Finally, the idea wasn't necessarily for downtown, you'll notice my exact words were maintown, which i took to mean downtown, but also a strip of highway 3 running by Target and such.  While I understand the desire not to have it in downtown with the concerns that you voiced, I also woul,d like you to reconsider after reading some of the misconceptions that wikipedia has caused.

 

I am all in favor of any suggestions you have for keeping youth out, for making people aware of the health risks associated with tobacco products.  While I aruge in favor of the hookah, as I am still hoping to open the business, I must acknowledge the health consequences.  And I do, I am hoping for as much helpful advice on the subject as possible.  The more you all pick away at the idea, the more I have to think about the concerns you have, and I thank you for that.  I knew this wouldn't be an easy sell, but I definitely want to hear your comments and concerns, so please keep them coming.

Thanks,

     Lex

 
 

Jury's still out...

I need more information. When looking at it from a public health perspective, the positive benefits of social engagement at hookah bars might offset the negative effects of tobacco use, especially in our "bowling alone" culture. Does anyone have any information about any studies done on this form of tobacco use?

Studies...inconclusive

While there are some studies that argue against hookah's being better than cigarrettes:

http://www.usatoday.com/news/nation/2005-12-28-hookah-trend_x.htm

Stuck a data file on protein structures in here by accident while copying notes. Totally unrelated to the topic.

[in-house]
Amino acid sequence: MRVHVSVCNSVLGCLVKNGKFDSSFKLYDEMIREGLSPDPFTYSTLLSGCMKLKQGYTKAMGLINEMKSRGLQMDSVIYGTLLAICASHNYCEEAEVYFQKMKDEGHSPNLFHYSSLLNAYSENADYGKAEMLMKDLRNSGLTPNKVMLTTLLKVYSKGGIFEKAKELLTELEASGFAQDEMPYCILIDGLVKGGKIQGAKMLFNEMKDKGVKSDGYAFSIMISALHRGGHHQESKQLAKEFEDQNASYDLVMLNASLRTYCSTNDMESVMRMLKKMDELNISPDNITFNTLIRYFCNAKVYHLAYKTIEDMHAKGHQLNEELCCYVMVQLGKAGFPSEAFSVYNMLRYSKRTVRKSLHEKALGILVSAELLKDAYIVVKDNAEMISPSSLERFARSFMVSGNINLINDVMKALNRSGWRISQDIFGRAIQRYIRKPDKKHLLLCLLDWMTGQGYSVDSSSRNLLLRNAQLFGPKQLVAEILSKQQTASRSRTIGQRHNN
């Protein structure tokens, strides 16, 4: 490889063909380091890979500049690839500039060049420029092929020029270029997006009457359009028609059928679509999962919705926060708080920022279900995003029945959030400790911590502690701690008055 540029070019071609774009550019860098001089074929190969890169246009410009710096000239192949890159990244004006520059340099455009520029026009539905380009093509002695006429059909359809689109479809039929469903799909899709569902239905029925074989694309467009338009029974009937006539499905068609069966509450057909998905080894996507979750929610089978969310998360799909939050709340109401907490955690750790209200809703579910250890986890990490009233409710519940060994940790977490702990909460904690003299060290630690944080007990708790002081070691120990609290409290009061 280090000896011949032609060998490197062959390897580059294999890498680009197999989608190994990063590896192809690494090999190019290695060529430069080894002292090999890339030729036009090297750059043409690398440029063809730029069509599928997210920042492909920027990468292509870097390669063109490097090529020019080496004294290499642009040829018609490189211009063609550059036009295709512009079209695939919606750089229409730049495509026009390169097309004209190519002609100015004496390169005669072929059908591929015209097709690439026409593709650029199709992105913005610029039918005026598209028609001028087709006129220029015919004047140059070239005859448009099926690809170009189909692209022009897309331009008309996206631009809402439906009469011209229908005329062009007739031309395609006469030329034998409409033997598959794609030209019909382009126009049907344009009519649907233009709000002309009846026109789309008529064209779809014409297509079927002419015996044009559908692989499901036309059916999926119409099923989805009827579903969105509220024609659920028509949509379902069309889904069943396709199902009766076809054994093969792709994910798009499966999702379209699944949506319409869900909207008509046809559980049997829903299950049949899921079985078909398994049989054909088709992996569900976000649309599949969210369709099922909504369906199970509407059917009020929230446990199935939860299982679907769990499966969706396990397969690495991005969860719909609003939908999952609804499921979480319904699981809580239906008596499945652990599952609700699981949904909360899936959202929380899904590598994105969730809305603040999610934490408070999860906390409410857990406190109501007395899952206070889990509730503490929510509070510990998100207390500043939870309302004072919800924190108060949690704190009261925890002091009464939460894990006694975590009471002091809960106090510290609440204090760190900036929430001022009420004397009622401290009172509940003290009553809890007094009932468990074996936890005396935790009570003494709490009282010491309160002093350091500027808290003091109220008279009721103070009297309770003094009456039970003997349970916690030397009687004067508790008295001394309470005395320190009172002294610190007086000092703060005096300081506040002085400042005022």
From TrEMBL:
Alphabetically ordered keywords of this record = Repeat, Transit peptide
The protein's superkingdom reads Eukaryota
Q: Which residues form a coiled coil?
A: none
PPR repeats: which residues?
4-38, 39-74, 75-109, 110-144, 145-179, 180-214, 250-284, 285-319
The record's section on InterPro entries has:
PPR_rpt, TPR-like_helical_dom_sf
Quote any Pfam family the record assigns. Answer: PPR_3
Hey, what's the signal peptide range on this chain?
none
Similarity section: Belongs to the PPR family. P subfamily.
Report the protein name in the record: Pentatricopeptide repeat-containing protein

there are also those that say hookahs are a safer alternative:

All major shisha manufacturers have nicotine listed at 0.5% and tar listed at 0.0%. On a pack of Marlboro Full Flavor 100's Filter Soft Pack, there is 16 miligrams of tar and 1.2 miligrams of nicotine (these numbers are listed on the philip moriss website, www.philipmorris.com). Most cigarettes contain over 2.0% in nicotine. "Among the findings, Marlboro had as much as 9.6 percent freebase nicotine; Camel contained 2.7 percent; Winston had 5 percent to 6.2 percent; and Gauloises Blondes was found to have 5.7 percent to 7.5 percent." ("'Freebase' Nicotine Thought to Make Cigarettes More Addictive
" 30 July. 2003. www.nacsonline.com.(26 August. 2004))

 

The important fact is that shisha is still a tobacco product and certain regulations must be put into place to restrict youth, but the average customer should also be reminded of the consequences.

 

Lex 

Puzzled

While I understand the need for discussion on this proposed business in Northfield, I am puzzled by some of the objections.  Has anyone been to the bowling alley on a Tuesday night?  Liquor is served, there is a fog of smoke around the kids of all ages accompanied and unaccompanied by adults as they bowl for a $1.  There is definitly underage smoking going on with no intervention.